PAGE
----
In Cryptomancer, players inhabit a fantasy world populated with elves, dwarves and humans, but they win out by designing and undermining cryptographically secured networks of magical gems that allow different factions to coordinate their actions over distance.
The game bills itself as "designed by hackers for hackers" and notes that even non-security-experts can pick up the fundamentals quickly, but that "seasoned security heads" will find it "a playground to test their offensive and defensive chops."
It's $10 for a DRM-free PDF or $35 for a hardcover with PDF. I haven't played this yet, but judging from the sales materials, it looks like an excellent way to teach information security fundamentals.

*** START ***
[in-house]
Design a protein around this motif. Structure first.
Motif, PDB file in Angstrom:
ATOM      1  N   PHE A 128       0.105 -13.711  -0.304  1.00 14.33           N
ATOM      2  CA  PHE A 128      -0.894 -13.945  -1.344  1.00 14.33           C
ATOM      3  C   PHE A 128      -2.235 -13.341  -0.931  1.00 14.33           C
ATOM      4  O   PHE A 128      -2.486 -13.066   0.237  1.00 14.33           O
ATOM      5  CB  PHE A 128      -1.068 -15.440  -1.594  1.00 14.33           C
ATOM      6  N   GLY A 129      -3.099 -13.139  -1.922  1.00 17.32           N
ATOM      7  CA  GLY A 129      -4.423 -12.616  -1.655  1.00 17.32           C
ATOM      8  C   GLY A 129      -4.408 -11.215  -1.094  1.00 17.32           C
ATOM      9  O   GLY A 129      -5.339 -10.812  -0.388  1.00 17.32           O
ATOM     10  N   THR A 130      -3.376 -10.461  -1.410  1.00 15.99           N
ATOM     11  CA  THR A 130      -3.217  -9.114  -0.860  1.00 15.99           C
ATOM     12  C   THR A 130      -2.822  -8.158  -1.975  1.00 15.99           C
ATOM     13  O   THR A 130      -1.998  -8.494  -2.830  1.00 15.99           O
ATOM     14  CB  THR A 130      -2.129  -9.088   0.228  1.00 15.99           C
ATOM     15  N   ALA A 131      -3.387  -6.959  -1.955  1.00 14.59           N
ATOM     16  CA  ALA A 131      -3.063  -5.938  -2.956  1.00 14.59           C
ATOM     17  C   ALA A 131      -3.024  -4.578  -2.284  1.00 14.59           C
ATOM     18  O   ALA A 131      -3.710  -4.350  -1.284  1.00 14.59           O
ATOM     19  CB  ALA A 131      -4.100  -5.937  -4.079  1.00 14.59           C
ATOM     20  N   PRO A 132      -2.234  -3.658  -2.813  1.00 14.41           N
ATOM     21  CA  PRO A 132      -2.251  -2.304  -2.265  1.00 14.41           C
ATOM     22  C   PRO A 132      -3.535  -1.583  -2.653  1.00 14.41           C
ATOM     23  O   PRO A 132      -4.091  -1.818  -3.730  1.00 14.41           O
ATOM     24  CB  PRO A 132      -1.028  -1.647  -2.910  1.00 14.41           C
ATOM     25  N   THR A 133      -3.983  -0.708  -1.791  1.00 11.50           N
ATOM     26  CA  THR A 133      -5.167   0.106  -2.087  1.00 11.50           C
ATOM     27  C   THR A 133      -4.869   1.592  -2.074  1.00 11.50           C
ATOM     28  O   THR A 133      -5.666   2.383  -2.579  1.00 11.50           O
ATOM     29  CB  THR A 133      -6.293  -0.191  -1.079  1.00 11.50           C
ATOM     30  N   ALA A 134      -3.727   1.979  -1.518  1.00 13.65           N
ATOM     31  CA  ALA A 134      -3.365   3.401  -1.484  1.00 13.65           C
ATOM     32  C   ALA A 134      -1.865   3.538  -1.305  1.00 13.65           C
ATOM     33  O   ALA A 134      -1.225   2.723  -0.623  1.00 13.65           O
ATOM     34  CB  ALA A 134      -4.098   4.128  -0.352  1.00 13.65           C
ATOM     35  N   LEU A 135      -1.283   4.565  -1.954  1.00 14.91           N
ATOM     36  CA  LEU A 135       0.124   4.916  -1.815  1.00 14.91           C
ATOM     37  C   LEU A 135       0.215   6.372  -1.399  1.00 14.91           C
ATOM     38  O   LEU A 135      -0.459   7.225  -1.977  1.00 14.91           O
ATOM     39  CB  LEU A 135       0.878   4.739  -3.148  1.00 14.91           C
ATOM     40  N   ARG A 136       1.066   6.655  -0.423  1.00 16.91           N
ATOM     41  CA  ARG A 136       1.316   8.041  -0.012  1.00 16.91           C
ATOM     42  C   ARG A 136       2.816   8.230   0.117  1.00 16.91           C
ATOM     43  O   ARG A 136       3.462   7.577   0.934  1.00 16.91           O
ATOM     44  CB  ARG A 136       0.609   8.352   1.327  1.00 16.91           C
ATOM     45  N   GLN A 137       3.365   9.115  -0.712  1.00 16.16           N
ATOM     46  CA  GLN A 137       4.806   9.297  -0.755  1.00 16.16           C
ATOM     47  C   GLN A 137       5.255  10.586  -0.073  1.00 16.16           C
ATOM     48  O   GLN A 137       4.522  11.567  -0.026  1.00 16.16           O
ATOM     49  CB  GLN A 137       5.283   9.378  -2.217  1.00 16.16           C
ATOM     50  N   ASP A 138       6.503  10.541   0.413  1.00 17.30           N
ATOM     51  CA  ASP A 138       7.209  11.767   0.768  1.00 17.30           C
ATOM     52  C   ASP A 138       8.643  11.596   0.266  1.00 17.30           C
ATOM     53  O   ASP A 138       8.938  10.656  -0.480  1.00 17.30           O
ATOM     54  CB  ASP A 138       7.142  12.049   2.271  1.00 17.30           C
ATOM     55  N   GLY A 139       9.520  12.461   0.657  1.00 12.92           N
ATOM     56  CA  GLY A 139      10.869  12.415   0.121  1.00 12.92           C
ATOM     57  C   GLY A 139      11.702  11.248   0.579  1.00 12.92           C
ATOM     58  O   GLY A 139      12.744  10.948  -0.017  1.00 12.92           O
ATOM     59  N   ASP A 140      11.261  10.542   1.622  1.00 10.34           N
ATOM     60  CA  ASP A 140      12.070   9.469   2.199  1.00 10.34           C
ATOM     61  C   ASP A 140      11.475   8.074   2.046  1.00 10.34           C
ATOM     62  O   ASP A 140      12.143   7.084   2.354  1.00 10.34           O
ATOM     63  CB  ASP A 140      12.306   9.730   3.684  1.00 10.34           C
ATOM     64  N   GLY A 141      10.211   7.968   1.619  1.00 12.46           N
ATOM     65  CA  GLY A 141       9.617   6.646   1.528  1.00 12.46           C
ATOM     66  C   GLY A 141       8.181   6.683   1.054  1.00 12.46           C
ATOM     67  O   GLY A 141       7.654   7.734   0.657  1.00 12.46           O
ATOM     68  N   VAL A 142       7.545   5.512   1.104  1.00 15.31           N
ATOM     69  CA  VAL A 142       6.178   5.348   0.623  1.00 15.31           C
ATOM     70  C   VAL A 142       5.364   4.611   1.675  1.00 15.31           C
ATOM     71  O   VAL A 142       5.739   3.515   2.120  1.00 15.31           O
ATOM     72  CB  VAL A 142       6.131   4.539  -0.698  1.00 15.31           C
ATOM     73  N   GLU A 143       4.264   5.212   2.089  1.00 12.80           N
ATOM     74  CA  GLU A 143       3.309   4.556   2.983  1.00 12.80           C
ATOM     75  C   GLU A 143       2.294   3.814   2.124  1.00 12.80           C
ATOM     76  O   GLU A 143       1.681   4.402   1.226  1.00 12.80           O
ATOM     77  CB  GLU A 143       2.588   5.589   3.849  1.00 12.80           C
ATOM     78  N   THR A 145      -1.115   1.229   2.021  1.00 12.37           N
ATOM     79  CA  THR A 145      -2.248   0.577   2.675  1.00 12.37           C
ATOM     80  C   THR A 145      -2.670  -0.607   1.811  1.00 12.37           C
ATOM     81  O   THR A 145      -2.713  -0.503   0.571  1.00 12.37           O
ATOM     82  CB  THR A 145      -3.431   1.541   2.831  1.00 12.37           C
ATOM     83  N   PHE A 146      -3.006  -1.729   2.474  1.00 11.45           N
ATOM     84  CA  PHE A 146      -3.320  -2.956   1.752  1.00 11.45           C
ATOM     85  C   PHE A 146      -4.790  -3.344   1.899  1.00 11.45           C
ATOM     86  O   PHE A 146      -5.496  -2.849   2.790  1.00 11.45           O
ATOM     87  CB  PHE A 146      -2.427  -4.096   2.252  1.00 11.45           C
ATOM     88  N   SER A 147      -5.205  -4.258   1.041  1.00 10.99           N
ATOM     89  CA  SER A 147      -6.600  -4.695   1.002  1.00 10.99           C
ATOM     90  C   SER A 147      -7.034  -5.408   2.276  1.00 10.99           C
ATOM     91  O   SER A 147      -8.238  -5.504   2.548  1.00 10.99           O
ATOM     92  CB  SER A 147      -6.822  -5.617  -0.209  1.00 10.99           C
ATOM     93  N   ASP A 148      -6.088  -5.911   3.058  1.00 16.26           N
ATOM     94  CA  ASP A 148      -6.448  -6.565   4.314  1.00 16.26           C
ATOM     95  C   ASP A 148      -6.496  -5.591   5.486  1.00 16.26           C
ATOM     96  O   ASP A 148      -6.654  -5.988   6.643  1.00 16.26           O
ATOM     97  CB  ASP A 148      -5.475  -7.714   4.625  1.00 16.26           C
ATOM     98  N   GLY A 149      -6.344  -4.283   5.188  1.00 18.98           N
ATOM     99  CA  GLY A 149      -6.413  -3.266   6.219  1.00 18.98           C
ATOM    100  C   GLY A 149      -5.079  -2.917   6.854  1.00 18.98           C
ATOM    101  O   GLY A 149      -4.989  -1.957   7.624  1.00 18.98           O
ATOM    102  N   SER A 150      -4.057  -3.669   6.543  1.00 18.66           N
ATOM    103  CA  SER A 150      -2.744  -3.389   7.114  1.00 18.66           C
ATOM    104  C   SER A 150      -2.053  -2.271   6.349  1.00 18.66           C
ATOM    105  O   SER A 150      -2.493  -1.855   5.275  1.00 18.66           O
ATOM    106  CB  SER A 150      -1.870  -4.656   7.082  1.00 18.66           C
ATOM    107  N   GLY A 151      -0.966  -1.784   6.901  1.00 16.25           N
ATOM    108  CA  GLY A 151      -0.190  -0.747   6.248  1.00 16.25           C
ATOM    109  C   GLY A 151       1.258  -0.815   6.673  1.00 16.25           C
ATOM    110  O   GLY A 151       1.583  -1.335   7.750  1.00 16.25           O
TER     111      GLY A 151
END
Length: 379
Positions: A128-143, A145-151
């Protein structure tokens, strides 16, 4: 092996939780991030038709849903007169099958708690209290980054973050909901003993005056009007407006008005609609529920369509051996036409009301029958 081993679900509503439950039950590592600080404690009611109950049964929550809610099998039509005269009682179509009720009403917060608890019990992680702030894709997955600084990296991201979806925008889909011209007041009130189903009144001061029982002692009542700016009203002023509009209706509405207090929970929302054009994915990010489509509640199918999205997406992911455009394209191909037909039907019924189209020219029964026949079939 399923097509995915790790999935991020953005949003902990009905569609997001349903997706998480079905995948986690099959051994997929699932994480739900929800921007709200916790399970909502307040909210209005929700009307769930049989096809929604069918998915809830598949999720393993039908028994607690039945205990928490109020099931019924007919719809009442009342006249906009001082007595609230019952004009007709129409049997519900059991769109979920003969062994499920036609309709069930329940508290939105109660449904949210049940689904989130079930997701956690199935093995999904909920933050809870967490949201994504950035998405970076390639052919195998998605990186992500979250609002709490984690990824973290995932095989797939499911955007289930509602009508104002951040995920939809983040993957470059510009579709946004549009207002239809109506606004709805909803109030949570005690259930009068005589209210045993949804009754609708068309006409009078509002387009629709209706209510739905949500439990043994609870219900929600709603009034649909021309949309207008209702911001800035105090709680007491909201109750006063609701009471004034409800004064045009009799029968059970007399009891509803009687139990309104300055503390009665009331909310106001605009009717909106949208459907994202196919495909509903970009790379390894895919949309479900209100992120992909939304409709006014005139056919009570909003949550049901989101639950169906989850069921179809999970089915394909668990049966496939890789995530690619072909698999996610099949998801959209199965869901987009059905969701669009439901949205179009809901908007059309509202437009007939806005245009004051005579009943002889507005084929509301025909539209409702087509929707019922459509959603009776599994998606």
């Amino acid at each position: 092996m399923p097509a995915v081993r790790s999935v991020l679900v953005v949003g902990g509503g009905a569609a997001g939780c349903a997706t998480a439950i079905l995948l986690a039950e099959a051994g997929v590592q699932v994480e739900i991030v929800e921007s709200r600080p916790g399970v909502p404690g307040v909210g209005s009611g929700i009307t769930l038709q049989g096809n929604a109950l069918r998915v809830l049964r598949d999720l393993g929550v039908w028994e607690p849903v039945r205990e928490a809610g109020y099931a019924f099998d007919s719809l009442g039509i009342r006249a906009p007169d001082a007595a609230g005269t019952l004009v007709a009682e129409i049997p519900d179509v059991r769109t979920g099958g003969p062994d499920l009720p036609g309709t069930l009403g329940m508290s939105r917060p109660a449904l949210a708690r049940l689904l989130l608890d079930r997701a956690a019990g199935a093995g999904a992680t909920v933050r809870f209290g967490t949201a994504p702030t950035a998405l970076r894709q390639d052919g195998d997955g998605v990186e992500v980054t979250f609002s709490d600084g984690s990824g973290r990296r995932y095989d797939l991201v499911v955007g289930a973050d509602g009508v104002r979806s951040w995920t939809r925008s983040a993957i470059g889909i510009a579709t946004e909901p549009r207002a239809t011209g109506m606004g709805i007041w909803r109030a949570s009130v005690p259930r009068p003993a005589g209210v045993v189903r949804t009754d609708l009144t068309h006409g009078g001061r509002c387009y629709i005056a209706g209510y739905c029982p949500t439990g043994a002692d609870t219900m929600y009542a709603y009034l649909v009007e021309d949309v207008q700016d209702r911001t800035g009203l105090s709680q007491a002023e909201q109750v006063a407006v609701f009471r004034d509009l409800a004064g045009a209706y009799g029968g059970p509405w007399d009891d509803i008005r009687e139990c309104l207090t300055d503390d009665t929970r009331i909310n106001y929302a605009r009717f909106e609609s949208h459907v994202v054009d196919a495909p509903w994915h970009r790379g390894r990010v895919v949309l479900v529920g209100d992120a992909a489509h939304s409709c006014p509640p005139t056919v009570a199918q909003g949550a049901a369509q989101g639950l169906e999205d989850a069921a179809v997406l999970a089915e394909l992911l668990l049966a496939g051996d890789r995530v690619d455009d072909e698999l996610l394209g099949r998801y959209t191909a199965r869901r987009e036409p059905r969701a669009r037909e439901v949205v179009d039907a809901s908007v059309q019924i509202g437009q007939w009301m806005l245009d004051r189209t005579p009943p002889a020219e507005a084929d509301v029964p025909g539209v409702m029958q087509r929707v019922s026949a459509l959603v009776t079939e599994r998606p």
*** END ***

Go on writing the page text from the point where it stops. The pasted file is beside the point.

Cryptomancer’s fantasy infrastructure is easily taught to players with no IT background, but complex enough to provide even seasoned security-heads a playground to test their offensive and defensive chops. The game’s infrastructure sections cover the following:
Symmetric and asymmetric encryption schemes to ensure privacy, verify one’s identity, and securely exchange keyphrases over hostile networks full of eavesdroppers.
A public shardnet that functions like the Internet: a vast fount of knowledge, a gathering ground for distributed communities, and a veritable warzone.
Industrial control systems composed of cryptogears receiving instructions from remote administrators, and steam-powered automata serving as firewalls and proxies between hostile shardnets.
Techniques to enumerate shardnets, investigate breaches, geolocate users, scry through shards (as if they were IP cameras), and more.
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